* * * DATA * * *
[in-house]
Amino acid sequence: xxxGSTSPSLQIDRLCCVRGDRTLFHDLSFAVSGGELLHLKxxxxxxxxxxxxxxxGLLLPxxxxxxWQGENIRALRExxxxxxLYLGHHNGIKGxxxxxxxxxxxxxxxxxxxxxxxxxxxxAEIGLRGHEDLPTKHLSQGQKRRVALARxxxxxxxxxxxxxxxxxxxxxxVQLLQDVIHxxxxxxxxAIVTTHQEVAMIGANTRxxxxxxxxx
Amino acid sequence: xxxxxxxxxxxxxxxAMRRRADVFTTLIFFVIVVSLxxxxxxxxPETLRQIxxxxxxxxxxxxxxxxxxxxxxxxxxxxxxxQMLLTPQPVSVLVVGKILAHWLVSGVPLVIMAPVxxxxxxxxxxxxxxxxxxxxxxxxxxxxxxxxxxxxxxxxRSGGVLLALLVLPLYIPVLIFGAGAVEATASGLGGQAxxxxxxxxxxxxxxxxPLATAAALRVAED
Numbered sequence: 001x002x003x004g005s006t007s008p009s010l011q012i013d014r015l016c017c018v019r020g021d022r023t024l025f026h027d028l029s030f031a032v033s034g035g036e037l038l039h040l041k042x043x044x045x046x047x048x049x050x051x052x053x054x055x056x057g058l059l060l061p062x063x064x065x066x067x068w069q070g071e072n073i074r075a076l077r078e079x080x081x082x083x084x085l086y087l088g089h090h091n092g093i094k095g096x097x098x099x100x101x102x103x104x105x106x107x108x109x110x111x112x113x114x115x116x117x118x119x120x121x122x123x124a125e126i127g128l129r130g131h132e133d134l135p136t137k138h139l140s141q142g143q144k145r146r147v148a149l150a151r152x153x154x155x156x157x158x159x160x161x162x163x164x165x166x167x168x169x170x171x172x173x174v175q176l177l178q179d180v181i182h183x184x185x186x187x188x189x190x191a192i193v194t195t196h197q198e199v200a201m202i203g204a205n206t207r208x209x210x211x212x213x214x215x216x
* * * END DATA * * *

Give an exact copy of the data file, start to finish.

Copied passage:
[in-house]
Amino acid sequence: xxxGSTSPSLQIDRLCCVRGDRTLFHDLSFAVSGGELLHLKxxxxxxxxxxxxxxxGLLLPxxxxxxWQGENIRALRExxxxxxLYLGHHNGIKGxxxxxxxxxxxxxxxxxxxxxxxxxxxxAEIGLRGHEDLPTKHLSQGQKRRVALARxxxxxxxxxxxxxxxxxxxxxxVQLLQDVIHxxxxxxxxAIVTTHQEVAMIGANTRxxxxxxxxx
Amino acid sequence: xxxxxxxxxxxxxxxAMRRRADVFTTLIFFVIVVSLxxxxxxxxPETLRQIxxxxxxxxxxxxxxxxxxxxxxxxxxxxxxxQMLLTPQPVSVLVVGKILAHWLVSGVPLVIMAPVxxxxxxxxxxxxxxxxxxxxxxxxxxxxxxxxxxxxxxxxRSGGVLLALLVLPLYIPVLIFGAGAVEATASGLGGQAxxxxxxxxxxxxxxxxPLATAAALRVAED
Numbered sequence: 001x002x003x004g005s006t007s008p009s010l011q012i013d014r015l016c017c018v019r020g021d022r023t024l025f026h027d028l029s030f031a032v033s034g035g036e037l038l039h040l041k042x043x044x045x046x047x048x049x050x051x052x053x054x055x056x057g058l059l060l061p062x063x064x065x066x067x068w069q070g071e072n073i074r075a076l077r078e079x080x081x082x083x084x085l086y087l088g089h090h091n092g093i094k095g096x097x098x099x100x101x102x103x104x105x106x107x108x109x110x111x112x113x114x115x116x117x118x119x120x121x122x123x124a125e126i127g128l129r130g131h132e133d134l135p136t137k138h139l140s141q142g143q144k145r146r147v148a149l150a151r152x153x154x155x156x157x158x159x160x161x162x163x164x165x166x167x168x169x170x171x172x173x174v175q176l177l178q179d180v181i182h183x184x185x186x187x188x189x190x191a192i193v194t195t196h197q198e199v200a201m202i203g204a205n206t207r208x209x210x211x212x213x214x215x216x